BEYOND the euphoria and anguish of political change that characterised the just concluded 2018 Ekiti governorship election, the poll results compared with 2014 election results announced by the Independent National electoral Commission, INEC, show an interesting voting pattern, that put neither political parties in the comfort zone in the future election.
Though All Progressive Congress, APC, defeated the ruling People’s Democratic Party, PDP in the July 14 election, the gap is less significant compared to the margin between the two parties in 2014 election.
Not only that, the PDP polled more votes in 2014 than APC did in 2018, despite the fact that the total votes for the two parties in the 2014 governorship election is 12 percent less.
According to the INEC data on Ekiti elections, APC in 2018 defeated PDP just by nearly 5 percent, snatching victory in 12 local government areas whereas PDP defeated APC by 23 percent in 2014, winning the entire 16 local government areas.
This is an indication that, there were overwhelming support for PDP four years ago compared to the narrow win of APC in the 2018 election. The figures also provides a glimpse about the popularity size of the two political gladiators in the state.
Notwithstanding, the election data also show that APC improved better than its opposition in term of upward movement of votes in the last four years.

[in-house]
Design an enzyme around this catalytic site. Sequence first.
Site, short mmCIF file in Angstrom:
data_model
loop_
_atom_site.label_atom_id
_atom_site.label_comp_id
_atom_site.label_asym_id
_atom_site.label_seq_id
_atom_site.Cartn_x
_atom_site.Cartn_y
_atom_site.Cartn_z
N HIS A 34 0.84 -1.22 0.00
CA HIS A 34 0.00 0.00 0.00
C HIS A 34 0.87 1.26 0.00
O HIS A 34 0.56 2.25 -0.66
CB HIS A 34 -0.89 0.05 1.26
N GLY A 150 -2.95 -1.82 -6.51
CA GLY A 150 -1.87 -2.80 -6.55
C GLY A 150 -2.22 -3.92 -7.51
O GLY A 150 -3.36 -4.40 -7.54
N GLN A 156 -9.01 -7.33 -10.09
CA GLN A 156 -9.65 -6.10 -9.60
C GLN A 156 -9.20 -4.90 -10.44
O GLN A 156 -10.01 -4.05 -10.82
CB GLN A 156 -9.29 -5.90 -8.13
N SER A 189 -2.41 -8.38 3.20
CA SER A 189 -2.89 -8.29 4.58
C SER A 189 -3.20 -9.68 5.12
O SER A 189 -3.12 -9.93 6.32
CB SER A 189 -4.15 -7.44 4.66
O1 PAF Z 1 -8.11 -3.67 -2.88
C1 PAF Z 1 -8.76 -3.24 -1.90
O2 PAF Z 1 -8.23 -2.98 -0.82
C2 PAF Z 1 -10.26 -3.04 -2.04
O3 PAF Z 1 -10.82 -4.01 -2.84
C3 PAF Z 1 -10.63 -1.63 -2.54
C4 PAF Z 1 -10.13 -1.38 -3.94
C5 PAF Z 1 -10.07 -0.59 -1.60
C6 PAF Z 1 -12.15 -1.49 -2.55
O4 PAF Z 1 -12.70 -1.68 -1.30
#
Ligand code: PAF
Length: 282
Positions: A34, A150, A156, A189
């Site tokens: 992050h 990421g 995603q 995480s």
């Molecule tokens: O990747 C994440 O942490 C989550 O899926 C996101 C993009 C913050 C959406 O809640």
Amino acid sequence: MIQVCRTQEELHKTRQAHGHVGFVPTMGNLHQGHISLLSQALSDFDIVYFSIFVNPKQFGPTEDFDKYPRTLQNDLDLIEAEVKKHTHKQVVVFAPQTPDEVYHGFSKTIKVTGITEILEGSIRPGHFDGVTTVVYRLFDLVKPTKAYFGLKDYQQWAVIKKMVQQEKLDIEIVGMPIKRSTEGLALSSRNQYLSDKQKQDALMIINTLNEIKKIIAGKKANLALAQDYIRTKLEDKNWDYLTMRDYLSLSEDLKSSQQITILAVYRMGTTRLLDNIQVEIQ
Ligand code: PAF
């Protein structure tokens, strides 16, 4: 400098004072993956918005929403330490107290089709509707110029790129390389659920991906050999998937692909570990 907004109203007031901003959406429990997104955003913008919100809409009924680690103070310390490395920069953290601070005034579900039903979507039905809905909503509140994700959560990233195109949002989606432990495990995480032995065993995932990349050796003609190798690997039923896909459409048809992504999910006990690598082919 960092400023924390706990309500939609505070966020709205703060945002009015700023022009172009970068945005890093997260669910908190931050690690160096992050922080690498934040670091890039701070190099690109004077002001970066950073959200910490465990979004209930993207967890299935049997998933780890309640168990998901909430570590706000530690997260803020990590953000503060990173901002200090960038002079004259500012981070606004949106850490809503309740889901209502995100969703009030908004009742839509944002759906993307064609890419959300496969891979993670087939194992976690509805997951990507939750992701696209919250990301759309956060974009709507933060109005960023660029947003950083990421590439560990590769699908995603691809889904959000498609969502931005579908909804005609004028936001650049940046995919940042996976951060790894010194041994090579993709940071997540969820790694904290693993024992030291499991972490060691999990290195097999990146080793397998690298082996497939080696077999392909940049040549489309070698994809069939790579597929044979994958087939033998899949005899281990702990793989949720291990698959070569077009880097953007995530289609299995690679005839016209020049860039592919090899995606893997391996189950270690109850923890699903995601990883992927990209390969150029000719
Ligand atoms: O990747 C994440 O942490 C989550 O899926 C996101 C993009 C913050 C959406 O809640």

Votes for the party jumps by 64 percent between 2014 and 2018, whereas PDP suffers 12 percent decline.
This development can’t be understood outside the numbers of the eligible voters who were registered and accredited for voting in the last four years or so.
For example, number of registered voters in Ekiti State rose by 24 percent in four years, but the number of voters accredited did not match the rise – there is only four percent increase in the number of accredited voters.
What this means is that a large number of eligible voters that collected the permanent voter card did not show up on the election day.
But the total number of votes cast eventually rose from the previous election year by 12 percent, that is from 36, 0455 to 403,451.
What is more surprising, however, is the rise in the number of invalid votes which grew from 10,089 four years earlier to 18, 857 in 2018.
The 87 percent rise in the number of invalid votes, despite massive voters’ education programme by INEC, indicates that the voter education is yet to produce significant effect among the Ekiti electorate.
It would be recalled that Ekiti State also has the highest rejected votes as percentage of total votes cast in 2011 presidential election, meaning that the state has more people with poor voter education than any other 36 states in the country.